European Central Bank tries to ease fears of debt crisis after bond 'panic'

European Central Bank tries to ease fears of debt crisis after bond ‘panic’

At its regular meeting last week, the ECB confirmed plans to increase rates by 25 basis points in July — its first hike in 11 years — to tackle inflation, and said a bigger increase could follow in September if necessary. It also said it would stop buying European government bonds.

Those plans pushed up borrowing costs sharply in countries in southern Europe, leading to calls for the central bank to provide more details on how it proposes to prevent the eurozone bond market from fragmenting.

In response to the sharp market sell-off, which recalled memories of the region’s debt crisis more than a decade ago, the central bank held a rare, unscheduled meeting on Wednesday. It promised to deploy money from maturing bonds it bought as part of its Pandemic Emergency Purchase Programme, or PEPP, to mitigate strain.

“The Governing Council decided that it will apply flexibility in reinvesting redemptions coming due in the PEPP portfolio, with a view to preserving the functioning of the monetary policy transmission mechanism,” it said in a statement after the extraordinary meeting.

The gap between yields on 10-year German and Italian government bonds was at its widest since March 2020 earlier this week, according to Tradeweb. The spread between German and Greek bonds has also widened recently.

The yields on 10-year Italian bonds fell back slightly on the news of the emergency ECB meeting, dropping to just below 4% from 4.3% Tuesday, according to Capital Economics.

“The ECB’s carefully-communicated strategy was to end asset purchases, then raise rates, starting in small increments and accelerating if needed,” noted Societe Generale strategist Kit Juckes. “This strategy is in all sorts of trouble today.”

At the end of 2021, Greece had the highest debt-to-GDP ratio in Europe at 193%. Italy was next at 151%.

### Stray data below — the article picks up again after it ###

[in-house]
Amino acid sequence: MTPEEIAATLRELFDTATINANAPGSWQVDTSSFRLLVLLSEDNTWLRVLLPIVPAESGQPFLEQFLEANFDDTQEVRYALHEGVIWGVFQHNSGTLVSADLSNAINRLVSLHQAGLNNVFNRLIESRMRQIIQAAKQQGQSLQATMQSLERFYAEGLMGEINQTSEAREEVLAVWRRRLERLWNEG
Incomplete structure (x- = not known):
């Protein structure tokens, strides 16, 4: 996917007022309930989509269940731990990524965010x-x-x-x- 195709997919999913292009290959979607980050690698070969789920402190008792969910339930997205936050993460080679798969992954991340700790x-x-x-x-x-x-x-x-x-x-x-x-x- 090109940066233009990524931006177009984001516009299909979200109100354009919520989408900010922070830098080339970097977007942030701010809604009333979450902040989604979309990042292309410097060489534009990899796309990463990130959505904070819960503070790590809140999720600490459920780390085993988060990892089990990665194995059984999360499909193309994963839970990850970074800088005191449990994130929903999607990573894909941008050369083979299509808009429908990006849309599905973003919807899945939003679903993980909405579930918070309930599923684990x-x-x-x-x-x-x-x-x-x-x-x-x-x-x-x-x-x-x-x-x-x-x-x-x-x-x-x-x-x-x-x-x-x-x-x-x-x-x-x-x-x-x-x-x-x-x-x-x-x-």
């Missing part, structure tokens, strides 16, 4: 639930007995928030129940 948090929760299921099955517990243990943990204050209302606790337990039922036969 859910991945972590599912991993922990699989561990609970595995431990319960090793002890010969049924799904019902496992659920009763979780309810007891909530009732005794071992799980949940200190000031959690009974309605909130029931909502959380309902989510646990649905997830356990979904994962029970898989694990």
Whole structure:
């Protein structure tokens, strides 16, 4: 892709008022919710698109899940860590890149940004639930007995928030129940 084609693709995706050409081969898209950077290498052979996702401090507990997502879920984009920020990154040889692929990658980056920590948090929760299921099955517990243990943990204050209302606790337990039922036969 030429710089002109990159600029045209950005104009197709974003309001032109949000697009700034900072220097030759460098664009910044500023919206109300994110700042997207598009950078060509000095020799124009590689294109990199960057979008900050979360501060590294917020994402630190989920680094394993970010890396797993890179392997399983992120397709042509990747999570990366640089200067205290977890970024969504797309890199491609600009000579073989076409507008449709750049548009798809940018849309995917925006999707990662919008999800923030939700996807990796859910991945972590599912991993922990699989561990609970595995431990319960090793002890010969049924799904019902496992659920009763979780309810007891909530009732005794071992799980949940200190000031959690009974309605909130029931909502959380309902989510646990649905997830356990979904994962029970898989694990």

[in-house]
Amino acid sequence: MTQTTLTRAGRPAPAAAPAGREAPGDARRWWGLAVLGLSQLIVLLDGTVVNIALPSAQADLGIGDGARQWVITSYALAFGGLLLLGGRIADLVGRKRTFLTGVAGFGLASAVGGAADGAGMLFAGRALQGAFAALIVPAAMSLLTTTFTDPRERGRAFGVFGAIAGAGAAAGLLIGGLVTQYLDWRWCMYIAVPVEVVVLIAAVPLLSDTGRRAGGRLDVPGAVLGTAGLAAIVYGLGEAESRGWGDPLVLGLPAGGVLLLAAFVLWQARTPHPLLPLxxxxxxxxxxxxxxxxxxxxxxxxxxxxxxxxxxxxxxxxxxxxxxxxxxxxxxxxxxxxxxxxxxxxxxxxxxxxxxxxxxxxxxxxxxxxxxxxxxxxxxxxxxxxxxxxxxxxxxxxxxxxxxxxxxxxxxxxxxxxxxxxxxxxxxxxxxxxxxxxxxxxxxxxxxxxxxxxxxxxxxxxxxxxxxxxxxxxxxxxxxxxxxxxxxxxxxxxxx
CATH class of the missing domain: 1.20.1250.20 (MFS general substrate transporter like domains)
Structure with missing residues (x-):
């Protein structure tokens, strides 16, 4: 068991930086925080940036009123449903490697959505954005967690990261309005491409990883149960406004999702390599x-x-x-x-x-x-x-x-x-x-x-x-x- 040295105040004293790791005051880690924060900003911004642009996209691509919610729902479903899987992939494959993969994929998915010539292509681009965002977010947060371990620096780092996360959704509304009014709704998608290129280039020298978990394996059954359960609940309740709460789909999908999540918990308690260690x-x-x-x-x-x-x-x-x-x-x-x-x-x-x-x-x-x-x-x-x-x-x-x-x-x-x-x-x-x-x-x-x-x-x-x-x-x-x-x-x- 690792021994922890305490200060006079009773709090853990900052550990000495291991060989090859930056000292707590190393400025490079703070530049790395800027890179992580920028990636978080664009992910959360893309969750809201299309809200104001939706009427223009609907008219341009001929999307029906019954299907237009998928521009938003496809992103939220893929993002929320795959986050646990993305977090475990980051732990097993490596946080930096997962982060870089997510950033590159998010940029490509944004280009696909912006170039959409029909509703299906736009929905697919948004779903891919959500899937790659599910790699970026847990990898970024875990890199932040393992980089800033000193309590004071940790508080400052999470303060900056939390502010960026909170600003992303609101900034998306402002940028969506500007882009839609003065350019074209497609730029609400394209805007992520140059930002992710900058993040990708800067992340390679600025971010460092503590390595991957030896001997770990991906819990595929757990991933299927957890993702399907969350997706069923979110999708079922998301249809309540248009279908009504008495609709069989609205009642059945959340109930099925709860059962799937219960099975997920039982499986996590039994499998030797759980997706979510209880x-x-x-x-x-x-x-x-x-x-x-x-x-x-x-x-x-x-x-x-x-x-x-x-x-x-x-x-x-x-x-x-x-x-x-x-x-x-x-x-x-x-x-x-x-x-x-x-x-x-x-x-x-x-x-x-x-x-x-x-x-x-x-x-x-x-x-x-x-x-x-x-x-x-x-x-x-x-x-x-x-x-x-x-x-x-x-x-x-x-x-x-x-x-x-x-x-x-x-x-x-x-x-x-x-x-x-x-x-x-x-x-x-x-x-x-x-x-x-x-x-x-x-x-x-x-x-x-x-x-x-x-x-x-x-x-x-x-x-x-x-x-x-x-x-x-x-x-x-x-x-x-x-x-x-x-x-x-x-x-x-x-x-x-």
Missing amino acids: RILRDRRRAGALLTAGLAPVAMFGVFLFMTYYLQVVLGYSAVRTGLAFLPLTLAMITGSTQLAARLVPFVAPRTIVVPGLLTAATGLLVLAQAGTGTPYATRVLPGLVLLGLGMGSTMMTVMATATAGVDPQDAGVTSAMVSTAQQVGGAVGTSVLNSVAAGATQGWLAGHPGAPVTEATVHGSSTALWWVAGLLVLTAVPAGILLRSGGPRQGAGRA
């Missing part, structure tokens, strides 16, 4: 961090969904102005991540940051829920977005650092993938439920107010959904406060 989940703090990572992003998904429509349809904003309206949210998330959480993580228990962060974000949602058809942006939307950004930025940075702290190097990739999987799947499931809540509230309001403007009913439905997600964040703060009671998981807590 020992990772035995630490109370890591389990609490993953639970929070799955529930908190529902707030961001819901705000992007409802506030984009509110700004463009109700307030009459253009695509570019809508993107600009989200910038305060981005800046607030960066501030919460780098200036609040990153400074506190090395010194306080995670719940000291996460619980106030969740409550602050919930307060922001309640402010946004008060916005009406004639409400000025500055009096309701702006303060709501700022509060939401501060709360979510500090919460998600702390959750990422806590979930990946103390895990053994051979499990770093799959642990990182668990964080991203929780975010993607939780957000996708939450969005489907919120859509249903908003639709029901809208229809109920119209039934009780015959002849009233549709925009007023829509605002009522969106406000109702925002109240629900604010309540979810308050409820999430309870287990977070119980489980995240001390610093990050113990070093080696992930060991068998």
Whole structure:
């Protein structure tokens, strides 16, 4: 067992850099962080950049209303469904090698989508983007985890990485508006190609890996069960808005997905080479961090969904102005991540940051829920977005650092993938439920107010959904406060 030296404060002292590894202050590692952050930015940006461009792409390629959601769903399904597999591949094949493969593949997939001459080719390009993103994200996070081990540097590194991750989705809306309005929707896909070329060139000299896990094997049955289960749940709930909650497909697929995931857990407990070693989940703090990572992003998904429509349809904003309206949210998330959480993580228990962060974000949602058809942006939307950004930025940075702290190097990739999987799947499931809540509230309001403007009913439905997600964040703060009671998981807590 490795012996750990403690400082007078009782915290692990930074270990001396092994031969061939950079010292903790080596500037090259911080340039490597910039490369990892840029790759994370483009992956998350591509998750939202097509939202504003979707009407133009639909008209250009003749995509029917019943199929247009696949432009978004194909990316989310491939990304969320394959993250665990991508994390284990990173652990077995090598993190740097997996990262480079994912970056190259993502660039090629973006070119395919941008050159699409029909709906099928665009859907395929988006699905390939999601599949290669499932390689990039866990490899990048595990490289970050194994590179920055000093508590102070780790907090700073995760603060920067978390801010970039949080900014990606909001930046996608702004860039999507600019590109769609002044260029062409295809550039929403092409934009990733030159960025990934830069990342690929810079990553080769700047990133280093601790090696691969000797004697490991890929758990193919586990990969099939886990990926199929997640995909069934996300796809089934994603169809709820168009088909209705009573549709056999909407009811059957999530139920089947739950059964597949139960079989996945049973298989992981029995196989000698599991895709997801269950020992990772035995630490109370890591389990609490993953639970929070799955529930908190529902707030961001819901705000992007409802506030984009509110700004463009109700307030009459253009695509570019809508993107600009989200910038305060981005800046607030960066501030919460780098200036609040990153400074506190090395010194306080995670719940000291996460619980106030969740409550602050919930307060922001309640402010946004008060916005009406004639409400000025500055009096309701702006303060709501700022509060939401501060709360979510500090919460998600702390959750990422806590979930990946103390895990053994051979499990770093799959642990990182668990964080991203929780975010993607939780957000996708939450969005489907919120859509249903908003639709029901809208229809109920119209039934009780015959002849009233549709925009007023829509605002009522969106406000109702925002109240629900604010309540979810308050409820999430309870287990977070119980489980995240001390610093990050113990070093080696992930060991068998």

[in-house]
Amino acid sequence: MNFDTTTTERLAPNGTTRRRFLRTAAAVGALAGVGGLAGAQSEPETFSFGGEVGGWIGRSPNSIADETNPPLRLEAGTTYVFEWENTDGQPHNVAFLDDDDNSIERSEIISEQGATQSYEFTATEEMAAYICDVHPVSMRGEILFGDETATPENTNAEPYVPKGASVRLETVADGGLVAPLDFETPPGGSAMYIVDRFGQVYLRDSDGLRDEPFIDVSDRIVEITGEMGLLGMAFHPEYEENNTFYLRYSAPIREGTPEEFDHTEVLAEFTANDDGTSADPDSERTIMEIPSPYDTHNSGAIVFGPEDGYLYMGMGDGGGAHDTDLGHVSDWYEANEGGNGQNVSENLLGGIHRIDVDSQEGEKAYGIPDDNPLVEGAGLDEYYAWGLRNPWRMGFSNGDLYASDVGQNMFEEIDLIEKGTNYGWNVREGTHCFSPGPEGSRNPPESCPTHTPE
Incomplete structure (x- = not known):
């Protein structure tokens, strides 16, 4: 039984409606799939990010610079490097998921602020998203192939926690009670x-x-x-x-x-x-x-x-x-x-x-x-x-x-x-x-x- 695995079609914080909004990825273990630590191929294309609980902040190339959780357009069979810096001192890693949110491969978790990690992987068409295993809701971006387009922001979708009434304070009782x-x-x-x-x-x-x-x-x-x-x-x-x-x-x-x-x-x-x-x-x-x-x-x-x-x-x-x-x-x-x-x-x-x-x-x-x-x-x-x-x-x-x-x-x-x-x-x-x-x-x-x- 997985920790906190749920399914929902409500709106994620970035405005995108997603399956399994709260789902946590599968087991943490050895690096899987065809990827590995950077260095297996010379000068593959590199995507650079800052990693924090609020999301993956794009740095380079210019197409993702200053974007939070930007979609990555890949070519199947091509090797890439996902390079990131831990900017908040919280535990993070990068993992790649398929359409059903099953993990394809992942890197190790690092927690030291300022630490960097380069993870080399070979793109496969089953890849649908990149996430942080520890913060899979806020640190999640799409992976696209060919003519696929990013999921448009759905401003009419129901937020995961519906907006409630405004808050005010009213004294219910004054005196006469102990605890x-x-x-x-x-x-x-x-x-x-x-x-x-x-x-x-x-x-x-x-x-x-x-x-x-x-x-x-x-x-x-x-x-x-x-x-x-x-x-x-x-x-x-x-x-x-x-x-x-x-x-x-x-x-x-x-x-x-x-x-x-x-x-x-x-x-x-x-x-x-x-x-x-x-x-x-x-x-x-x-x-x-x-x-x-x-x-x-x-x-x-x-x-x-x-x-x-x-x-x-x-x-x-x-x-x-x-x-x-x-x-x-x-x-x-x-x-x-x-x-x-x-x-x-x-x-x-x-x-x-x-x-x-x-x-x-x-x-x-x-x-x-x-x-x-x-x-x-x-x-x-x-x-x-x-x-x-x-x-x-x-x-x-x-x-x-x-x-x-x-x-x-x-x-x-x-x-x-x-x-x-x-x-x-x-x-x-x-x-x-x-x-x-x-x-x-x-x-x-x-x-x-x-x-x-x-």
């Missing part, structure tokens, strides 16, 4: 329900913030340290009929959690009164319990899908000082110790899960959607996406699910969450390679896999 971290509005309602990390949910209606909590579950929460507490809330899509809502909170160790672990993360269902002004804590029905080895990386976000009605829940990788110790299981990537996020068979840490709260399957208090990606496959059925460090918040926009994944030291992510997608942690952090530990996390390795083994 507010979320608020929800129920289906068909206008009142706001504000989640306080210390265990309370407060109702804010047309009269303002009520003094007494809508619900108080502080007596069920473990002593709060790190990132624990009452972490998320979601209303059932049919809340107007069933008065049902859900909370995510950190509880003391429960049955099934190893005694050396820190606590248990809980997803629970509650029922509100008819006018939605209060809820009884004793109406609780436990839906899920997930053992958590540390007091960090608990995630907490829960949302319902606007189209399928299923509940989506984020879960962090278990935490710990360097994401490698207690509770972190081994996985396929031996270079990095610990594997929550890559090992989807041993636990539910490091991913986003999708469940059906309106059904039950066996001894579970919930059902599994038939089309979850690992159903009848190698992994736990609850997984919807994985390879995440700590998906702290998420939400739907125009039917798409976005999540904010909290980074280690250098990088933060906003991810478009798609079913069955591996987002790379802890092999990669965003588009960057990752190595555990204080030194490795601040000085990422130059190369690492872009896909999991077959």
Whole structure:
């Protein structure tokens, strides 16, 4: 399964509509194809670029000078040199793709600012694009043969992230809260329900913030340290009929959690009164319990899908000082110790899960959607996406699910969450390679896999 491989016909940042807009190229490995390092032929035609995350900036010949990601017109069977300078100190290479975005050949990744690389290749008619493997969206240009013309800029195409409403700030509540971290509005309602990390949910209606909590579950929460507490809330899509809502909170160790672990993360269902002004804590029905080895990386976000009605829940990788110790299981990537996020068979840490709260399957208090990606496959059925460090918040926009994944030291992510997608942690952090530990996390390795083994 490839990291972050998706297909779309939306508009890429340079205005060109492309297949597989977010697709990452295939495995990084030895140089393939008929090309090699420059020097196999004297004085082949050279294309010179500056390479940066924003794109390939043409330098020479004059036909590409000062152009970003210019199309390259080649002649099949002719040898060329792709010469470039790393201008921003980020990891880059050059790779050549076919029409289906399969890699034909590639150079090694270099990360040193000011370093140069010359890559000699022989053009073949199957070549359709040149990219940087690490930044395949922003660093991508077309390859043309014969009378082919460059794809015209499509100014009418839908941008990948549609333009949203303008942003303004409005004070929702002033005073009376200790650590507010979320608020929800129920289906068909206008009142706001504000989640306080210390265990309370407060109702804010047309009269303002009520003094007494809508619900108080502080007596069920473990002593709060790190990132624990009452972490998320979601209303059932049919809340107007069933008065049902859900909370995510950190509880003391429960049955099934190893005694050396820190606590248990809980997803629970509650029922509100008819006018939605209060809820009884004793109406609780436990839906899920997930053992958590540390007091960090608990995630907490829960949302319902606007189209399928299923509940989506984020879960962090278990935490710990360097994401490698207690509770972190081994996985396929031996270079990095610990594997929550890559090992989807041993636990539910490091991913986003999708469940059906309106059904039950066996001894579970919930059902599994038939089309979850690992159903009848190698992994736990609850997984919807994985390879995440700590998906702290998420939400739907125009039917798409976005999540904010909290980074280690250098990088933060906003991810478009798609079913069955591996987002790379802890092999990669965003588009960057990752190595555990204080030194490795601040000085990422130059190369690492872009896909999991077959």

‘Panic in the periphery’

Europe is in better shape than it was the last time the ECB raised rates in 2011.

Greece’s economy, in particular, has been beating expectations for growth, and it has favorable conditions on its debt that make repayment less of a concern. But that’s not the case in Italy, which will need to refinance its liabilities sooner, and where growth has been dragging.

“Italy has not done enough serious reforms,” said Holger Schmieding, chief economist at Berenberg Bank.

And the turmoil in the bond market since last Thursday’s ECB meeting has piled pressure on the bank.

“With memories of the European debt crisis still fresh, investors are asking how and under what circumstances ECB President Christine Lagarde would deliver on the promise … to act against ‘excessive fragmentation’ if required after the end of net asset purchases,” Schmieding wrote in a note Wednesday headlined “Panic in the periphery: Time for the ECB to show its hand.”

The US Federal Reserve is also meeting Wednesday to discuss interest rates, and is widely expected to raise US rates by three quarters of a percentage point, something it hasn’t done since 1994.

Like the ECB, it faces the huge challenge of trying to raise rates and withdraw years of stimulus without causing a recession. But it only has to take one economy into account.

“The extra challenge for the ECB is that its policies affect borrowing costs in 19 years with different fundamentals,” commented Schmieding.

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